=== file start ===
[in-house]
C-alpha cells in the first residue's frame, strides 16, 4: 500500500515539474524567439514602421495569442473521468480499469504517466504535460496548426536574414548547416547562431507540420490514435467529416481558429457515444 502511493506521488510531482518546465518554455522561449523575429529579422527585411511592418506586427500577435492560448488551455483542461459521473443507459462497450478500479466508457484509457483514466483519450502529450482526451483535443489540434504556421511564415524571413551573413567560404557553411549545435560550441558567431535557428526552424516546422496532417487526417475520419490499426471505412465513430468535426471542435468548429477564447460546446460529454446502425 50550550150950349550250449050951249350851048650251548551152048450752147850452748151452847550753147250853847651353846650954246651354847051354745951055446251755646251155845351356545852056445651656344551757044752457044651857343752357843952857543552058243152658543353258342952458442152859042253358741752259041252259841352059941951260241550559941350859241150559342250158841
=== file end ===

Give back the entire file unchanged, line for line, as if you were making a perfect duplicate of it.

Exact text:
[in-house]
C-alpha cells in the first residue's frame, strides 16, 4: 500500500515539474524567439514602421495569442473521468480499469504517466504535460496548426536574414548547416547562431507540420490514435467529416481558429457515444 502511493506521488510531482518546465518554455522561449523575429529579422527585411511592418506586427500577435492560448488551455483542461459521473443507459462497450478500479466508457484509457483514466483519450502529450482526451483535443489540434504556421511564415524571413551573413567560404557553411549545435560550441558567431535557428526552424516546422496532417487526417475520419490499426471505412465513430468535426471542435468548429477564447460546446460529454446502425 50550550150950349550250449050951249350851048650251548551152048450752147850452748151452847550753147250853847651353846650954246651354847051354745951055446251755646251155845351356545852056445651656344551757044752457044651857343752357843952857543552058243152658543353258342952458442152859042253358741752259041252259841352059941951260241550559941350859241150559342250158841